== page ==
It is a lovely day. I actually quite like April today! +15 at best; almost summer-like.
Today is the day the choir meets Eric Banks, the composer of the major cycle we will be doing the European premiere of on Saturday. This delicate universe consists of five movements, all scored for double choir (SATB+SATB). It is written to poems by Constantine Cavafy (1863 – 1933), an Alexandrian Greek poet, whose poetry remained quite little known during his lifetime. A major reason for this was that Cavafy preferred to publish his poems in newspapers and magazines instead of poem collections. In addition, he rarely left Alexandria, was something of a perfectionist, a very private man and openly homosexual. His fame only came posthumously.
Eric Banks has chosen five Cavafy poems and set them both in Greek and in English. In the first four movements the languages are heard consecutively. Most often, the Greek sections are set in an Arabic scale (suzidil) to place Cavafy in Alexandria, whereas the English translations (by the composer) are set to more classical Western music. Only in the last movement do the languages join hands (see picture).
There are lots of other clever constructional elements. The first movement is in 3; the second in 4; the third in 5; and the last two mainly in 6. As in the picture above, one choir often sings in octave unison whilst the other has a clear accompanying texture. In many ways there is often an orchestral feeling to the way Banks writes, with gestures moving from one voice part to another. The music is still anything but cerebral and complex: there is a great Romantic breadth to it all and at times it can feel almost overpoweringly emotional.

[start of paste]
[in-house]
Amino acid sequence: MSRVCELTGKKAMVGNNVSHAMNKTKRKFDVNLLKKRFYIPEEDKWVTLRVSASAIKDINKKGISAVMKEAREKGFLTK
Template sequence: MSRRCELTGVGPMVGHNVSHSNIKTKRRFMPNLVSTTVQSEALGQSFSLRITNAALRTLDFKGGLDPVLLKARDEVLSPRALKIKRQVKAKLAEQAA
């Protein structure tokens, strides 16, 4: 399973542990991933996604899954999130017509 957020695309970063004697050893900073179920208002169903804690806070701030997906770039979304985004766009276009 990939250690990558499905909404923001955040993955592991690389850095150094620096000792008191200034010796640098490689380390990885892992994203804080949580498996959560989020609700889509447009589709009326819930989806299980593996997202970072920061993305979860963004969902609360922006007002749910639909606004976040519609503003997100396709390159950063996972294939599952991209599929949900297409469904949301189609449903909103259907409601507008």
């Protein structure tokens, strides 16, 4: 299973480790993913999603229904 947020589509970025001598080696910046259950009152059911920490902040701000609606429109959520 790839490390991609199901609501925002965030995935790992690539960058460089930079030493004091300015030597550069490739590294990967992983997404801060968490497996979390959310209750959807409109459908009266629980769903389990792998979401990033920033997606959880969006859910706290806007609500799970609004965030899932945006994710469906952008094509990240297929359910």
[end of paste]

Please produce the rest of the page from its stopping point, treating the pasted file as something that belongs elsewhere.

How are we doing with it? Well, it is a half-hour symphony of sorts with half the text in Greek (rendered in IPA in the score). It stretches the choir in every possible way: the tessitura is huge for all the voice parts; the work is exceptionally demanding vocally in all the good ways; there is a massive amount of notes to master; the harmonies are very precise and need to be absolutely correct; and this is all before we can even speak of interpreting the poems and the music. In addition, it is one of the more demanding scores for a conductor I have come across for a while (irregular patterns, tempo changes, lots of overlaps from section to another…).
I didn’t sleep all that well.
And yet, I am confident our performance of the piece will be totally adequate to convey the beauties of the work. And we will definitely continue singing it. With time it could really develop into a magnificent showpiece for the choir. We have the voices to manage it and I think a few performances down the road will see us pull it off with aplomb.
The rehearsal was intense. Some movements were surprisingly nice straight off the bat and others less so. All improved with repetition. One movement is still a little shaky, but the other four are coming together well. To be honest, at times it sounded wonderful. Eric’s feedback was clear and constructive – and focused on the most important things. The work took a big leap forward. Oh, if only we had another couple of rehearsals (the choral conductor’s mantra). In any case, I will sleep a lot better this night.